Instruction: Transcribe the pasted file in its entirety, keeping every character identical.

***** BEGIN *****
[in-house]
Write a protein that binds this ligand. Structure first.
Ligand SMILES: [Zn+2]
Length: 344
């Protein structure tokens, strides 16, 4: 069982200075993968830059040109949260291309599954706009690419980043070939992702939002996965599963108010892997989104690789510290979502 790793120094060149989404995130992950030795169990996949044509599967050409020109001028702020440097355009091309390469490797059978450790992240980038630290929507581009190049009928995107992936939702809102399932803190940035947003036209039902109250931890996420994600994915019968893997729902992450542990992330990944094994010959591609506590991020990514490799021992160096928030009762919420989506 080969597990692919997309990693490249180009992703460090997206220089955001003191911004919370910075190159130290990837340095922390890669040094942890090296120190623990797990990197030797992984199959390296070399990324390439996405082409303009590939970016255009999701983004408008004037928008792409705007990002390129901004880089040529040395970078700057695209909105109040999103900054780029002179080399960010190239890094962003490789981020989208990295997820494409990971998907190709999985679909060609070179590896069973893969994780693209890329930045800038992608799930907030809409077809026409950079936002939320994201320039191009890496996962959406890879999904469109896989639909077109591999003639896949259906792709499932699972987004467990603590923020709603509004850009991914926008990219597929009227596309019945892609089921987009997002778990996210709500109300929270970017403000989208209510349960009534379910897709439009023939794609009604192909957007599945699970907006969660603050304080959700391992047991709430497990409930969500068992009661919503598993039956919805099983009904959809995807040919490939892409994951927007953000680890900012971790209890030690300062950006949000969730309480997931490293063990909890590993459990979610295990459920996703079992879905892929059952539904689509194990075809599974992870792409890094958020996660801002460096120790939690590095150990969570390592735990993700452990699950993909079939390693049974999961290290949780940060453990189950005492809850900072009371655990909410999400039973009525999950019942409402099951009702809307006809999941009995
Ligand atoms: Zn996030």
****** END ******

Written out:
[in-house]
Write a protein that binds this ligand. Structure first.
Ligand SMILES: [Zn+2]
Length: 344
């Protein structure tokens, strides 16, 4: 069982200075993968830059040109949260291309599954706009690419980043070939992702939002996965599963108010892997989104690789510290979502 790793120094060149989404995130992950030795169990996949044509599967050409020109001028702020440097355009091309390469490797059978450790992240980038630290929507581009190049009928995107992936939702809102399932803190940035947003036209039902109250931890996420994600994915019968893997729902992450542990992330990944094994010959591609506590991020990514490799021992160096928030009762919420989506 080969597990692919997309990693490249180009992703460090997206220089955001003191911004919370910075190159130290990837340095922390890669040094942890090296120190623990797990990197030797992984199959390296070399990324390439996405082409303009590939970016255009999701983004408008004037928008792409705007990002390129901004880089040529040395970078700057695209909105109040999103900054780029002179080399960010190239890094962003490789981020989208990295997820494409990971998907190709999985679909060609070179590896069973893969994780693209890329930045800038992608799930907030809409077809026409950079936002939320994201320039191009890496996962959406890879999904469109896989639909077109591999003639896949259906792709499932699972987004467990603590923020709603509004850009991914926008990219597929009227596309019945892609089921987009997002778990996210709500109300929270970017403000989208209510349960009534379910897709439009023939794609009604192909957007599945699970907006969660603050304080959700391992047991709430497990409930969500068992009661919503598993039956919805099983009904959809995807040919490939892409994951927007953000680890900012971790209890030690300062950006949000969730309480997931490293063990909890590993459990979610295990459920996703079992879905892929059952539904689509194990075809599974992870792409890094958020996660801002460096120790939690590095150990969570390592735990993700452990699950993909079939390693049974999961290290949780940060453990189950005492809850900072009371655990909410999400039973009525999950019942409402099951009702809307006809999941009995
Ligand atoms: Zn996030």